To distinguish the high or low level was more important for the design of surgical strategy. Thus, we analyzed the location distribution of all tumors. For the malignant tumors, 412 were located at the region of above S3 and 304 tumors were at the S3/below S3. For the benign tumors, 485 were located at the region of above S3 and 184 tumors were at the S3/below S3. Chordoma and giant cell tumors are the top two histologic types of tumors at the sacrum. Among 316 cases with chordoma, only five (1.6%, 5/316) were located at Region S1 to S2, 145 (45.9%, 145/316) being at Region S3 and below S3 and 166 (52.5%, 166/316) were associated with both two regions. Meanwhile, among 205 cases with giant cell tumor, eighty tumors (39%, 80/205) were located at Region S1 to S2 and 114 (55.6%, 114/205) cases were associated with both two regions. Only eleven giant cell tumors were located at Region S3 and below S3. Notably, there was a significant difference in location distribution between chordoma and giant cell tumor (Table 7). We showed typical cases with chordoma and giant cell tumor in different regions of the sacrum (Fig. 5). Chordoma usually originated at the low level of the sacrum and extended upward and forward. Giant cell tumor often stemmed from the high level of the sacrum and destroyed the lower level. This characteristic was more useful to distinguish chordoma from the giant cell tumor.

Table 7 Comparision of location distribution of top two histologic types
Fig. 5
figure5

Location distribution of chordoma and giant cell tumor. a Chordomas at the Region S1 or S2 or S1-2 accounting for 1.6% (5/316); b Chordomas at the Region S3 or below S3 accounting for 45.9% (145/316); c Chordomas associated with both high and low levels accounting for 52.5% (166/316); d GCT at the Region S1 or S2 or S1-2 accounting for 39.0% (80/205); e GCT at the Region S3 or below S3 accounting for 5.4% (11/205); f GCT associated with both high and low levels accounting for 55.6% (114/205)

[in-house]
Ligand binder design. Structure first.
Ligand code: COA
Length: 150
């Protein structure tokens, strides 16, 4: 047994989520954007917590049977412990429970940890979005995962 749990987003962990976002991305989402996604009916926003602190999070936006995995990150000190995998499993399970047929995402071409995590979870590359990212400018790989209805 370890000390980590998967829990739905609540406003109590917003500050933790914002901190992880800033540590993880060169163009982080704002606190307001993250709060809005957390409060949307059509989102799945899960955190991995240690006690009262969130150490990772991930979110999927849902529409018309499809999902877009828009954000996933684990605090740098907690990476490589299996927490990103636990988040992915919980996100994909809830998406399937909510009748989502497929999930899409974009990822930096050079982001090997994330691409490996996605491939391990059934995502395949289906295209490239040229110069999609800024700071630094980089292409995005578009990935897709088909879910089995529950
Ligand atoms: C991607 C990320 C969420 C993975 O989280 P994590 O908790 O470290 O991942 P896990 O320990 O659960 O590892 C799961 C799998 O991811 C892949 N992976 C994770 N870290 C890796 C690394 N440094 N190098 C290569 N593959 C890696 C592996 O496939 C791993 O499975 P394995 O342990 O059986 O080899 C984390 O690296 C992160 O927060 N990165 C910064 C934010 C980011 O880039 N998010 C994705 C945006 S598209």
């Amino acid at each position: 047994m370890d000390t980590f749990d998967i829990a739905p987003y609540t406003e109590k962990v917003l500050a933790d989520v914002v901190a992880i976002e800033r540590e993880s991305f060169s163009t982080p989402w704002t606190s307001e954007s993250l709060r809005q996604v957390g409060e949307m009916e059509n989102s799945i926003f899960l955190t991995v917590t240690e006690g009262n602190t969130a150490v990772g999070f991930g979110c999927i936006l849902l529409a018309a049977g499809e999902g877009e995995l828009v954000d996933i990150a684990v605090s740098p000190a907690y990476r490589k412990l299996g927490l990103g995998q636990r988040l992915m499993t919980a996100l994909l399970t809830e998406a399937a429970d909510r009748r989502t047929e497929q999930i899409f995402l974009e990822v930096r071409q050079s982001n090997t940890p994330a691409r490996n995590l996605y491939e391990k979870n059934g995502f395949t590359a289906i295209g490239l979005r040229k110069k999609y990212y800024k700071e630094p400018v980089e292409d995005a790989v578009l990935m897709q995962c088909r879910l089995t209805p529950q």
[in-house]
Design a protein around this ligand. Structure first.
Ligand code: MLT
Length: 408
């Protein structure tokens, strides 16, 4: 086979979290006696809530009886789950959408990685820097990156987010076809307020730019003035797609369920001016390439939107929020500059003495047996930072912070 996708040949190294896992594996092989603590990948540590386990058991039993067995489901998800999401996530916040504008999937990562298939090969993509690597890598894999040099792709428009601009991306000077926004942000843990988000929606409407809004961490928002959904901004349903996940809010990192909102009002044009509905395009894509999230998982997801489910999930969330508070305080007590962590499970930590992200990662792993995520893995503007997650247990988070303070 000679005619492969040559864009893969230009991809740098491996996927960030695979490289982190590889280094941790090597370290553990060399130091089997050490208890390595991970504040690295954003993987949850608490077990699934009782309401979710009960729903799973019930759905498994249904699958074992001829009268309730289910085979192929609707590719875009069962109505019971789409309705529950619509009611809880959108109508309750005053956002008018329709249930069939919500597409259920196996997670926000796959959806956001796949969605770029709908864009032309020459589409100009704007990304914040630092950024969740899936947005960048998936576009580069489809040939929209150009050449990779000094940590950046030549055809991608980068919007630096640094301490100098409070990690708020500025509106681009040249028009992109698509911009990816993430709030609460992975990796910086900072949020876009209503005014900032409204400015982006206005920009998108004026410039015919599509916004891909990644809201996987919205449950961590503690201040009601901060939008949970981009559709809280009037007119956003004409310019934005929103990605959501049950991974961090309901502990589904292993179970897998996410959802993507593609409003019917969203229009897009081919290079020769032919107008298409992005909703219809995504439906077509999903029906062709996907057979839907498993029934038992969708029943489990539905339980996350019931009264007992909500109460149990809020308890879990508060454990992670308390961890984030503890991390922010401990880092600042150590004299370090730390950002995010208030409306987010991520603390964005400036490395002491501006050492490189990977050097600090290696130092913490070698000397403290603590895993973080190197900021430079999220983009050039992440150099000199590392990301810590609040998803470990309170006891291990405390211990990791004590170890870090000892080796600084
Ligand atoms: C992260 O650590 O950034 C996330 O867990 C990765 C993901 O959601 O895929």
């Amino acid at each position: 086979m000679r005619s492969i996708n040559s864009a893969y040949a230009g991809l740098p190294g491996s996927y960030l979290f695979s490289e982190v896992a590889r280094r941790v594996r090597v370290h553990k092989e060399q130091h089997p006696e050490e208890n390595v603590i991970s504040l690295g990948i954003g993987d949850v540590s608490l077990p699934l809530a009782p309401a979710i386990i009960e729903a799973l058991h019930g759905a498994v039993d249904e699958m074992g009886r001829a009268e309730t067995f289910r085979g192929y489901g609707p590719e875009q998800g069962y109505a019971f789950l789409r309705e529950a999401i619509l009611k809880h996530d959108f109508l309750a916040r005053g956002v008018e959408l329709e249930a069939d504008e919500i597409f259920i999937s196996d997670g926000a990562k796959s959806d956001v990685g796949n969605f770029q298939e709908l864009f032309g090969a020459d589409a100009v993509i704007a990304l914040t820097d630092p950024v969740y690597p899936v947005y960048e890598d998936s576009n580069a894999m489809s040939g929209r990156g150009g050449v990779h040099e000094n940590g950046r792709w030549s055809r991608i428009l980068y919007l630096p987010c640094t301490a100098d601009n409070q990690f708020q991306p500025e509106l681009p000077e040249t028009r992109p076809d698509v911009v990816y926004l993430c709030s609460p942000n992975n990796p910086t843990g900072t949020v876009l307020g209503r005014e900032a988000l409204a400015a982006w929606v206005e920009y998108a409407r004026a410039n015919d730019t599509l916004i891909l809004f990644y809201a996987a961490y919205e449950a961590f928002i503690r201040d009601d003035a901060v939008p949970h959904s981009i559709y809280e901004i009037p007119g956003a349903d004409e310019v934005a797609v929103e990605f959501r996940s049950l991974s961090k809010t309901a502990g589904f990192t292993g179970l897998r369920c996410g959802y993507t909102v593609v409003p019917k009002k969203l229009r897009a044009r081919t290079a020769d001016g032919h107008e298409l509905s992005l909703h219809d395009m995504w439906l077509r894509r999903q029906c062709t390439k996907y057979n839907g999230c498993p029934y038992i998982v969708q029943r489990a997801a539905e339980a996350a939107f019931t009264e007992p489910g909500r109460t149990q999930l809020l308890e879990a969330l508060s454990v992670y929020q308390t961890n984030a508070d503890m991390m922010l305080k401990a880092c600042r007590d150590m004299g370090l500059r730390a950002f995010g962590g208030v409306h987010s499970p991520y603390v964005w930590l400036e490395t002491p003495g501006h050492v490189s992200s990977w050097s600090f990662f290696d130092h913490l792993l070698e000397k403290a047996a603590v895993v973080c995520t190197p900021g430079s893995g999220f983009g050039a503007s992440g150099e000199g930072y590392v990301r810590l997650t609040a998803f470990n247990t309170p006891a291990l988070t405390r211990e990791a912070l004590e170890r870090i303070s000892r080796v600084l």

Discussion

This series of primary sacral tumors and tumor-like lesions treated at our tumor center provides valuable data of clinical characteristics contributing to our understanding of the diagnosis and therapy for lesions at the sacrum in the clinical practice. Available reports on clinical features of primary spine tumors and tumor-like lesions were mostly among the mobile spine [1, 4, 5]. There are not enough studies to reveal the clinical characteristics of patients with sacral tumor and tumor-like lesions in China. In the literature review, Zhou et al. reported 68 benign and 134 malignant sacral tumors in the analysis of clinical features for spine tumors. In their study, giant cell tumor, hemangioma, and solitary bone cyst were the top three benign tumors meanwhile chordoma, malignant neurilemmoma, and chondrosarcoma were the top three malignant tumors. The incidence characteristic of their malignant tumors was basically similar to our cohort. Nevertheless, the rate of their benign tumors was distinct from ours. This may be related to their limited sacral case numbers. The present report demonstrated clinical characteristics of age, gender, histologic type, and anatomic site based on the largest series of sacral tumors and tumor-like lesions.